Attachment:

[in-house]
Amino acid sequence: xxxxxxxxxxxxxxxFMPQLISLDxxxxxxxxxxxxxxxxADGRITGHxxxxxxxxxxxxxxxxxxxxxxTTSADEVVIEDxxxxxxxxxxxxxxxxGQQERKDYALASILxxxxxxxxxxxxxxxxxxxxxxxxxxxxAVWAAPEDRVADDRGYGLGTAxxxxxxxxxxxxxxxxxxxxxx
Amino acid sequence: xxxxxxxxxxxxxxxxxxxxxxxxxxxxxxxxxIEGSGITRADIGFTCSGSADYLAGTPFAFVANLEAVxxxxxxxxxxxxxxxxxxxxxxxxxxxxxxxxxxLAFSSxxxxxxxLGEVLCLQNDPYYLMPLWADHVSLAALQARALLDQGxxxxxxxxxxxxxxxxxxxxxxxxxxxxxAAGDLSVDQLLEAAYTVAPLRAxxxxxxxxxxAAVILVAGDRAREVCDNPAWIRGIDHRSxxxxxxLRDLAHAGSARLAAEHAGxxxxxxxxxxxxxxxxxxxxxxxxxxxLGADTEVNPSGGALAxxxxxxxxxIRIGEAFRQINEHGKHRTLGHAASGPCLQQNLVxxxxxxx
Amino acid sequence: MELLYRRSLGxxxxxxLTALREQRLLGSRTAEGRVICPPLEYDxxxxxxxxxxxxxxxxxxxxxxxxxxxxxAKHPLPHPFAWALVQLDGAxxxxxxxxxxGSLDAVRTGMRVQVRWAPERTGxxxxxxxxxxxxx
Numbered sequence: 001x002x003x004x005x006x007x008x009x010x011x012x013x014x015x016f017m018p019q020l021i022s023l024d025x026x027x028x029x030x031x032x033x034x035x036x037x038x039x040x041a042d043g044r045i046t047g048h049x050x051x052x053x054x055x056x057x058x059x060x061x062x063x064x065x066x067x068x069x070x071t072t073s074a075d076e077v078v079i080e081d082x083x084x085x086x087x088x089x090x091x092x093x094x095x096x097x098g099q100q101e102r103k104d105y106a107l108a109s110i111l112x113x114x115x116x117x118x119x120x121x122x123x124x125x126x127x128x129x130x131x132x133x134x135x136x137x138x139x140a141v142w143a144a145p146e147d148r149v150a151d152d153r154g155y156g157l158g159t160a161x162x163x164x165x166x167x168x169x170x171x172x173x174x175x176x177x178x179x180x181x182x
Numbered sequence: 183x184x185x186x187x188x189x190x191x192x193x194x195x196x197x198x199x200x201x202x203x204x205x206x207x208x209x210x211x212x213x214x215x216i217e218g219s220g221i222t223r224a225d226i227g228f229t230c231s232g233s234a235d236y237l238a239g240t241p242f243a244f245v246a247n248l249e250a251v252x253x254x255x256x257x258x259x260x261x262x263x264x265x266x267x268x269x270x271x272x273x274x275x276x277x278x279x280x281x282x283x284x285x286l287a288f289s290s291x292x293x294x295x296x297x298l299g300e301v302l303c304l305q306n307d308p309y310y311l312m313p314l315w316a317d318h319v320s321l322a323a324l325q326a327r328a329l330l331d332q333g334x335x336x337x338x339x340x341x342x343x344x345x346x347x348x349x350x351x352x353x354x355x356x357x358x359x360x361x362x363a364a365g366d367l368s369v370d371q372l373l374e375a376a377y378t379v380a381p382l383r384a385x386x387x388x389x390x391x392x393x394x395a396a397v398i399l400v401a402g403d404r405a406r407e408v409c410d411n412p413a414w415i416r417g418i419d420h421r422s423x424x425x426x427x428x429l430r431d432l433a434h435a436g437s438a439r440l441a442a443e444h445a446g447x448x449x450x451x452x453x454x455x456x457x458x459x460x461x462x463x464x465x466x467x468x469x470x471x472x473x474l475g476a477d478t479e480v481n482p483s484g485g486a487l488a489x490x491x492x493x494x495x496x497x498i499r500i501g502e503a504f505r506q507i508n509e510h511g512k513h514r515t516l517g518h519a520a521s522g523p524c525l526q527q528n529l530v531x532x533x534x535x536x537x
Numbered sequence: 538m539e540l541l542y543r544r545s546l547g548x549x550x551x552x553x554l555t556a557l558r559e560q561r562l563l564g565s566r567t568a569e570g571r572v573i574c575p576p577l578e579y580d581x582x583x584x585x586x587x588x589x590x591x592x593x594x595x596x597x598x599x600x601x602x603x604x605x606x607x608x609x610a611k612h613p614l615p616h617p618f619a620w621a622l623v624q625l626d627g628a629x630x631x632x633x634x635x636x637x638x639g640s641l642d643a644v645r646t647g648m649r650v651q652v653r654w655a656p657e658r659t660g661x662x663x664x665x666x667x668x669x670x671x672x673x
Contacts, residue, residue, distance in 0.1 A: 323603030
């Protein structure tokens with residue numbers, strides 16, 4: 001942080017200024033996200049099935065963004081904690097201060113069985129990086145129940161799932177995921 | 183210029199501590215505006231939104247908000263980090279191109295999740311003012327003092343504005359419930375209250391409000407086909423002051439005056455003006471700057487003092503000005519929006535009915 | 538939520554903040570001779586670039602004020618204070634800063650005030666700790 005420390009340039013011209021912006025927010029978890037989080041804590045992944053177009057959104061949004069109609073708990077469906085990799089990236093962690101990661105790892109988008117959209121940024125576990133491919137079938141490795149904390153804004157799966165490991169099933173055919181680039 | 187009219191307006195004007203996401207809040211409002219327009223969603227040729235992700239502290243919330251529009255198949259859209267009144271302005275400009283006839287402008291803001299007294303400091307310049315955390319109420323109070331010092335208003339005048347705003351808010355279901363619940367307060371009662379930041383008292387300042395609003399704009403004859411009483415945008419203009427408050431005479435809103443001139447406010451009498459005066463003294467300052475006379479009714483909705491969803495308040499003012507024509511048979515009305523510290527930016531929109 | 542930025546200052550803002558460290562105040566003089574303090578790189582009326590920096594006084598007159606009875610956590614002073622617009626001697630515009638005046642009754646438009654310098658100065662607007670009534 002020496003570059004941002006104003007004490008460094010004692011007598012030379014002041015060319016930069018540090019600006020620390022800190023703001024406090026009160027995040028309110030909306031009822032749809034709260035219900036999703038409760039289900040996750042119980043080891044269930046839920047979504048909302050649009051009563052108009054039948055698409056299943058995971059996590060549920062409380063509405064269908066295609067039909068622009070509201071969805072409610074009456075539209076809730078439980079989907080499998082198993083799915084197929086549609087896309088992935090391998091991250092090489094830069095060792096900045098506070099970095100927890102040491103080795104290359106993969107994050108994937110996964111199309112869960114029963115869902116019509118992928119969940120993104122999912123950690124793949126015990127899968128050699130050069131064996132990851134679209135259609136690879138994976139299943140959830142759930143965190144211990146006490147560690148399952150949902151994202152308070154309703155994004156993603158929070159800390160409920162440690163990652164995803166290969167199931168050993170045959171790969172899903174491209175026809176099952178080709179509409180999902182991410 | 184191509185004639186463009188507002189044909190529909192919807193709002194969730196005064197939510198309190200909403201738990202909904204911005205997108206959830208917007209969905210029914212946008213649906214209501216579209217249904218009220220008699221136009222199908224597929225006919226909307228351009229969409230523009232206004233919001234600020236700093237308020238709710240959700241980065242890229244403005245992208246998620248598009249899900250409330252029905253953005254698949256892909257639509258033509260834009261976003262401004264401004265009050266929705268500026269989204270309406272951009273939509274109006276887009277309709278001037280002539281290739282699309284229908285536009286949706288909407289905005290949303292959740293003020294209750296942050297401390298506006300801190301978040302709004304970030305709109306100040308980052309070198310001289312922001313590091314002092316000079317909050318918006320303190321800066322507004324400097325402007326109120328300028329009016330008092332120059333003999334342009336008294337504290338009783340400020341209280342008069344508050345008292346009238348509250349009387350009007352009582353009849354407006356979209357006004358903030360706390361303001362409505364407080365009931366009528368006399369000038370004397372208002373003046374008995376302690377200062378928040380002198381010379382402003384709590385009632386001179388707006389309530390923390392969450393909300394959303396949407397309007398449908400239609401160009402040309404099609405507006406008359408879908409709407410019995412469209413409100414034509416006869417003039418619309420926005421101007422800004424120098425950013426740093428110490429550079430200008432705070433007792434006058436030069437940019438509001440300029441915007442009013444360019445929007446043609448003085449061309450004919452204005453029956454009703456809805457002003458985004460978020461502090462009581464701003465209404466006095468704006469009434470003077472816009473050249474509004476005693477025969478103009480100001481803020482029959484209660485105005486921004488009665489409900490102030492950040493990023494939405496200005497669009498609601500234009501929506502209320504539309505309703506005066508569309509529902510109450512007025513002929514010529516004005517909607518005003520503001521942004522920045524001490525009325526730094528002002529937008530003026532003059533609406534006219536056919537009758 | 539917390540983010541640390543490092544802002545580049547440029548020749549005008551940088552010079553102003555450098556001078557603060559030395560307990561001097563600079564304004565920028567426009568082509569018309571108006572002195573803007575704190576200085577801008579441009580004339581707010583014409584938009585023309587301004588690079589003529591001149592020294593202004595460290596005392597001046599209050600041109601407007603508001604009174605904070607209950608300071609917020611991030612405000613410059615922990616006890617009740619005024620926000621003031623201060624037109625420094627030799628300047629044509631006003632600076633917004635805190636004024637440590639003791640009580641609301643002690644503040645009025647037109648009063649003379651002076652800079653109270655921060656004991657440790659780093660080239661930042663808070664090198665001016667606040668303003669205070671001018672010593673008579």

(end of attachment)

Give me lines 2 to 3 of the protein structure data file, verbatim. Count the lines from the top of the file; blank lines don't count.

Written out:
Amino acid sequence: xxxxxxxxxxxxxxxFMPQLISLDxxxxxxxxxxxxxxxxADGRITGHxxxxxxxxxxxxxxxxxxxxxxTTSADEVVIEDxxxxxxxxxxxxxxxxGQQERKDYALASILxxxxxxxxxxxxxxxxxxxxxxxxxxxxAVWAAPEDRVADDRGYGLGTAxxxxxxxxxxxxxxxxxxxxxx
Amino acid sequence: xxxxxxxxxxxxxxxxxxxxxxxxxxxxxxxxxIEGSGITRADIGFTCSGSADYLAGTPFAFVANLEAVxxxxxxxxxxxxxxxxxxxxxxxxxxxxxxxxxxLAFSSxxxxxxxLGEVLCLQNDPYYLMPLWADHVSLAALQARALLDQGxxxxxxxxxxxxxxxxxxxxxxxxxxxxxAAGDLSVDQLLEAAYTVAPLRAxxxxxxxxxxAAVILVAGDRAREVCDNPAWIRGIDHRSxxxxxxLRDLAHAGSARLAAEHAGxxxxxxxxxxxxxxxxxxxxxxxxxxxLGADTEVNPSGGALAxxxxxxxxxIRIGEAFRQINEHGKHRTLGHAASGPCLQQNLVxxxxxxx